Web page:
When a website is protected, only logged-in users can access it. A user who is not logged in and tries to access it will be taken to the login page. Let's imagine we wish to safeguard your website's home page (the / route).

In this case, we can edit the /pages/index.js file to add an auth wrapper around our Home component like so:

Import the SessionAuth module from supertokens-auth-react:

import { SessionAuth } from 'supertokens-auth-react/recipe/session'
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Then, wrap our Home component with SessionAuth:

// pages/index.js
export default function Home() {
  return (
    // we protect ProtectedPage by wrapping it with SessionAuth
      // ...
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Test the page by navigating to /. You will be redirected to the login page. After that, sign in and visit / again. This time, there should be no redirection.

Finally, to implement the logout functionality, modify the pages/index.js file with the code below:

// pages/index.js
import { Card, Grid, Row, Text, Navbar, Button, Link } from '@nextui-org/react';
import { SessionAuth } from 'supertokens-auth-react/recipe/session';
import { signOut } from 'supertokens-auth-react/recipe/emailpassword';
import { useState } from 'react';
export default function Home() {
  const [isloggedIn, setIsLoggedIn] = useState(null);
  async function onLogout() {
    await signOut();
    window.location.href = '/';
  const list = [
      title: 'Orange',
      img: '/images/fruit-1.jpeg',
      price: '$5.50',
      title: 'Tangerine',
      img: '/images/fruit-2.jpeg',
      price: '$3.00',
      title: 'Cherry',
      img: '/images/fruit-3.jpeg',
      price: '$10.00',
      title: 'Lemon',
      img: '/images/fruit-4.jpeg',
      price: '$5.30',
      title: 'Avocado',
      img: '/images/fruit-5.jpeg',
      price: '$15.70',
      title: 'Lemon 2',
      img: '/images/fruit-6.jpeg',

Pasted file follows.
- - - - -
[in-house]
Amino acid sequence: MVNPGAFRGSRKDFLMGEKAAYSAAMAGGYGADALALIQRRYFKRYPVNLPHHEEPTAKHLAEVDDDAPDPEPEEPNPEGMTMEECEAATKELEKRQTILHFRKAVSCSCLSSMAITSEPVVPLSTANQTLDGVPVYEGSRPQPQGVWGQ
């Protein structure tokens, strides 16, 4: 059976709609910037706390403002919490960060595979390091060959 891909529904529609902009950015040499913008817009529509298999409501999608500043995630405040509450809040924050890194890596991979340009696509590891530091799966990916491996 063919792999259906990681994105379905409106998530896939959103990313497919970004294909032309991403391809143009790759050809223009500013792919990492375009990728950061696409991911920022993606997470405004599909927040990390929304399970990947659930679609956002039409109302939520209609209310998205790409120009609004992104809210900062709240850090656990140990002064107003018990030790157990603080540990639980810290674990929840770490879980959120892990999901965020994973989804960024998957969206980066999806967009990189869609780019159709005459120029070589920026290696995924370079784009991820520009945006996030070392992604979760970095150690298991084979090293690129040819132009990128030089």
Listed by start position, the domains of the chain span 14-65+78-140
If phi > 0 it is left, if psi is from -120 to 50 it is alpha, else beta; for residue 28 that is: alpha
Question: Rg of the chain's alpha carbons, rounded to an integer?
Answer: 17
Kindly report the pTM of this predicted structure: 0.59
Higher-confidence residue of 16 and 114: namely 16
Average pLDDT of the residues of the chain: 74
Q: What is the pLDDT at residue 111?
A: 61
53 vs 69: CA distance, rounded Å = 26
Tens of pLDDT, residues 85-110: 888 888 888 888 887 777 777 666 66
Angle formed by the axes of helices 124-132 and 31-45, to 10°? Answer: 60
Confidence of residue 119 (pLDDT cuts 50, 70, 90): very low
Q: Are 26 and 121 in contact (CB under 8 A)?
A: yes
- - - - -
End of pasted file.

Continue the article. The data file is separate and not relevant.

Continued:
price: '$8.00',
      title: 'Banana',
      img: '/images/fruit-7.jpeg',
      price: '$7.50',
      title: 'Watermelon',
      img: '/images/fruit-8.jpeg',
      price: '$12.20',
  return (
        <Navbar isBordered variant='floating'>
            <Text b color='inherit' hideIn='xs'>
              Test App
          <Navbar.Content hideIn='xs' variant='highlight-rounded'>
            <Navbar.Link href='#'>Features</Navbar.Link>
            <Navbar.Link isActive href='#'>
            <Navbar.Link href='#'>Pricing</Navbar.Link>
            <Navbar.Link href='#'>Company</Navbar.Link>
              {isloggedIn ? (
                <Button auto flat as={Link} href='http://localhost:3000/auth'>
              ) : (
                <Button auto flat as={Link} onPress={onLogout}>
                  Sign Out
        <Grid.Container gap={2} justify='center'>
          {, index) => (
            <Grid xs={6} sm={2.5} key={index}>
              <Card isPressable>
                <Card.Body css={{ p: 0 }}>
                    src={'' + item.img}
                <Card.Footer css={{ justifyItems: 'flex-start' }}>
                  <Row wrap='wrap' justify='space-between' align='center'>
                    <Text b>{item.title}</Text>
                        color: '$accents7',
                        fontWeight: '$semibold',
                        fontSize: '$sm',
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The signOut method revokes the session on both the frontend and backend.

As seen in the code above, SuperTokens does not provide us with any UI for a signout button, so we have to add that. We then create a function called onLogout and pass it into the button using an onPress method.

Also, on auth success, the signOut function does not automatically redirect the user to the home page, so we do that by ourselves by using window.location.

The signOut function uses the backend signout API that was made available by the session recipe. Sign in and click on the signOut button to log out.

To implement a forgotten password functionality, we don't have to do anything as SuperTokens takes care of this already.

Upcoming SuperTokens features to watch out for

At the time of writing this article, the following features are currently been developed:

  • Account linking
  • Support of other languages(Java, PHP)
  • Organization/Multi-tenant support

You can stay updated with them by checking the SuperTokens product map.


This tutorial taught you how to set up quick and easy authentication in your Next.js application without extra complexities. We learned about the various recipes available and the pros and cons of SuperTokens compared to other similar solutions.

You can go ahead and try adding session verification to this example. Also, explore other strategies (recipes) that suite your needs and work with other frameworks and languages.

Feel free to drop a comment to let me know what you thought of this article. You can also find me on Twitter and GitHub. Thank you for reading!